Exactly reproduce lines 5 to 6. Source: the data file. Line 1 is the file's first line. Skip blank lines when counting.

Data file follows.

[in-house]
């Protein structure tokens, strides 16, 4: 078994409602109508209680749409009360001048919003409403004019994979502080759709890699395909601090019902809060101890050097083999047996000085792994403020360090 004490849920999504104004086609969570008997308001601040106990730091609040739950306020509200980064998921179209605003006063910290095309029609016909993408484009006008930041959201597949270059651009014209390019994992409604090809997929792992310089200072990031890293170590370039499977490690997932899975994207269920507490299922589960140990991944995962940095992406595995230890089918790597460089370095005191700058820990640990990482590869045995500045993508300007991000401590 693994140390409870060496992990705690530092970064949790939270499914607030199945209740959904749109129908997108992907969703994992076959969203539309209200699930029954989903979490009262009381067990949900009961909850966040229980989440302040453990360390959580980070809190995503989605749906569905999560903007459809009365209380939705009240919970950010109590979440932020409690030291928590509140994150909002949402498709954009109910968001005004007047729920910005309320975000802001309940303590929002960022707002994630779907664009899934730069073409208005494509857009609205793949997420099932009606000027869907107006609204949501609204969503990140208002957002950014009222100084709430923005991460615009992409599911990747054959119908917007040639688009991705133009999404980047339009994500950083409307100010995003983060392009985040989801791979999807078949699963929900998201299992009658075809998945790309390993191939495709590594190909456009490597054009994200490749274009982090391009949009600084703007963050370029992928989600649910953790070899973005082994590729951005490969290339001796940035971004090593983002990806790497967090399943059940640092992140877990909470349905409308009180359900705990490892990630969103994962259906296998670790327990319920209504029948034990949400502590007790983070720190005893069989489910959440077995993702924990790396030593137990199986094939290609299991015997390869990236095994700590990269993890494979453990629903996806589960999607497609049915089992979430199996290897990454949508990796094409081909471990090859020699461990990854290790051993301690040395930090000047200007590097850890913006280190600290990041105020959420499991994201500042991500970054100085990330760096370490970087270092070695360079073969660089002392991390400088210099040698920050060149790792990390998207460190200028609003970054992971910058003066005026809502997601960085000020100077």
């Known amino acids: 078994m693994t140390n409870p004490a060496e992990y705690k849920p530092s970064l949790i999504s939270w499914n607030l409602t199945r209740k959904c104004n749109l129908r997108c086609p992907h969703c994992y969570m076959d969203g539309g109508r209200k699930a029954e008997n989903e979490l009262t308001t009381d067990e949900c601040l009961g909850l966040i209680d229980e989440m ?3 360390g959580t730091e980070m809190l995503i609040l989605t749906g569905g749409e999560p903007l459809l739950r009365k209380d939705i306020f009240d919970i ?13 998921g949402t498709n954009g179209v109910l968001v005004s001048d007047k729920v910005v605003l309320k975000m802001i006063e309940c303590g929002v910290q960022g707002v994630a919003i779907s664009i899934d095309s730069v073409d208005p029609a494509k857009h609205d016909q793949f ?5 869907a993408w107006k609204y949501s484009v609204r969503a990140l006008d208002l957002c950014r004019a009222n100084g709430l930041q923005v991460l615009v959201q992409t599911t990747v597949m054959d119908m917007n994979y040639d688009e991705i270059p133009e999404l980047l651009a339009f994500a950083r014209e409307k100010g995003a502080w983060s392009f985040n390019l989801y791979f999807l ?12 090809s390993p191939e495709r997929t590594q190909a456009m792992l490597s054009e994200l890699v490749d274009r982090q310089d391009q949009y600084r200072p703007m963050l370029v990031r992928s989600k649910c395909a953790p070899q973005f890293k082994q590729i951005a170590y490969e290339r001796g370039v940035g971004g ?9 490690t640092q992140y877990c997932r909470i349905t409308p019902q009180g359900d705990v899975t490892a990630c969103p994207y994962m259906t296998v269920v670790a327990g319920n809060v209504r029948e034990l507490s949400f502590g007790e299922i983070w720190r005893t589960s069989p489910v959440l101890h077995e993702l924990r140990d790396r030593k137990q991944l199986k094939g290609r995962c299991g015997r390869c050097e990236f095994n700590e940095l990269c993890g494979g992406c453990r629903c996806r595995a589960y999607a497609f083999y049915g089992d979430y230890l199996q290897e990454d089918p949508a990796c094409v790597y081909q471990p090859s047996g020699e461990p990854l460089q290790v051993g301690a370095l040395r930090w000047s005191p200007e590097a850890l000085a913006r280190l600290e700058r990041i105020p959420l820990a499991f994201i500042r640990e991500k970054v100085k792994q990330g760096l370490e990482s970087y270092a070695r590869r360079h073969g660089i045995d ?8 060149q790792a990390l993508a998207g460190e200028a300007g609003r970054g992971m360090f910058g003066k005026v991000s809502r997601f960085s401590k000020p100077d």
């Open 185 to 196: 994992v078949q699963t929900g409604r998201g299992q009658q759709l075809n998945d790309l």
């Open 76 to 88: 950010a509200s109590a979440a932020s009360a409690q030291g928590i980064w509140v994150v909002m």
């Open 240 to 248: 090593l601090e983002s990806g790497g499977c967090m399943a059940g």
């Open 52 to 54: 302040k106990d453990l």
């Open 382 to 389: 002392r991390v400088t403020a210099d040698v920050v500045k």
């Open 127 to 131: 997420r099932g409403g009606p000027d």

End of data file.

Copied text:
């Open 76 to 88: 950010a509200s109590a979440a932020s009360a409690q030291g928590i980064w509140v994150v909002m």
């Open 240 to 248: 090593l601090e983002s990806g790497g499977c967090m399943a059940g």